Liberal Democrats announce 'Help to Rent' scheme to get young people on the 'rented property ladder' 

Posted 10 April 2015

The Liberal Democrats have announced plans to provide government loans for tenancy deposits to help young people rent their first home.

The “Help to Rent” scheme would allow people aged 18 to 30 to borrow up to £1,500 (£2,000 in London) to use as a deposit on rented accommodation, with repayments lasting 12 or 24 months.

The party believe the scheme would help young people who are struggling to save rental deposits, which on average cost £1,200. 

Leader Nick Clegg said: "You’ve got this generation that is sometimes called ‘the clipped wing generation’, or ‘the boomerang generation’, of an increasingly large numbers of youngsters – I think the estimates are now about 2m people in their 20s and 30s – who simply can’t find the money needed for a deposit to rent a flat or home of their own. They simply can’t find the up front costs to move into rented accommodation, so move back or stay with their own parents. That’s obviously unfair on them, because it means they’re just not getting their feet on the rung of the rented property ladder.”

To be eligible, tenants would need to be aged 18 to 30, in paid employment and not be homeowners. The interest rate would be pegged to the cost of government borrowing (currently approximately 2.5%).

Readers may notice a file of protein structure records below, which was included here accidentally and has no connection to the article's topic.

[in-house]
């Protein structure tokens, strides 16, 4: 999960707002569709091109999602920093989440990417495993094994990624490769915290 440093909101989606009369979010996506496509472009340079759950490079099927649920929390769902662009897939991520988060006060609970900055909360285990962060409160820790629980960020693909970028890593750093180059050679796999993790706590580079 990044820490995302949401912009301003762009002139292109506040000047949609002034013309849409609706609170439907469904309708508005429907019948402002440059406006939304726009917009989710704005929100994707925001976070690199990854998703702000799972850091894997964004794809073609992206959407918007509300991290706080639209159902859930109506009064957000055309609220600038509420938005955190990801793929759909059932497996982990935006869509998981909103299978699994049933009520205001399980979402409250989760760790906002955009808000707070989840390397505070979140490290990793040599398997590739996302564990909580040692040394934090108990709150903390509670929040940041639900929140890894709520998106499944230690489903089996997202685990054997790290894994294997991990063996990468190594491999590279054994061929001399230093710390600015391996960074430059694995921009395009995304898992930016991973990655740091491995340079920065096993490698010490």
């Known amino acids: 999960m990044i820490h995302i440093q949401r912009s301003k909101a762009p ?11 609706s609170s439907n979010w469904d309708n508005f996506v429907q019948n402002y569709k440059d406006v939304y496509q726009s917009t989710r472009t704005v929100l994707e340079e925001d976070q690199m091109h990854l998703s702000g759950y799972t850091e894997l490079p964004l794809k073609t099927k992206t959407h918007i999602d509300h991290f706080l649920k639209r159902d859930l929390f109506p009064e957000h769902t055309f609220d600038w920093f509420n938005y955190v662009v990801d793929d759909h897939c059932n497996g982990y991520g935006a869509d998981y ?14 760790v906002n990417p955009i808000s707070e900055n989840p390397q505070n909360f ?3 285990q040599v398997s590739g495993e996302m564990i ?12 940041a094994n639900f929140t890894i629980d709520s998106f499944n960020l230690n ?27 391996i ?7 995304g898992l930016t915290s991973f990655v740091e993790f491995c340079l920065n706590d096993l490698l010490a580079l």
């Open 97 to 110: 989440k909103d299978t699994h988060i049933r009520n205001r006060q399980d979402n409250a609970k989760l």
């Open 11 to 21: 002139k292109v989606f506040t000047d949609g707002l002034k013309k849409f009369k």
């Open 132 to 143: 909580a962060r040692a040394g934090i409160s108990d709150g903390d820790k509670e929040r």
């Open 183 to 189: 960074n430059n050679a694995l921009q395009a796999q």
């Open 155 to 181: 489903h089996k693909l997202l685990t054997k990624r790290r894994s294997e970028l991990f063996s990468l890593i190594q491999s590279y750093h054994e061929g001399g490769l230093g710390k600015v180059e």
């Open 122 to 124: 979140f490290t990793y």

Housing is among the key election topics

Housing policy has been high on the lists of all three major parties so far in their election campaigns. Labour has pledged to introduce three-year tenancy agreements with strict rules to make it more difficult to evict tenants, while the Conservatives announced a Help To Buy ISA in March.

The Liberal Democrats have been busy too, with the new proposals following up ther previously announced plans to build 300,000 new homes a year and set up a “rent to own” scheme to help first-time buyers get on the property ladder.

A practical policy

Matt Hutchinson, director of flat and house share site, welcomed the proposals. He said: "This is a great example of a housing policy driven by what real people need. It takes a similar scheme, already in place in the capital, where deposit loans are offered by employers and paid back monthly through salary deductions, and makes it available to all renters, regardless of where they live. 

"Getting a deposit together is tough and, all too often, renters wanting to move house need to find a new deposit before they get their old one back. The ability to borrow from the government will really help those starting their housing journey but also young renters who need to move, helping our workforce stay flexible. All too often policy is aimed at helping a few people deal with the huge affordability gap, rather than providing practical solutions. We must address affordability in the long term but sensible, practical policies to help in the meantime are also vital.”


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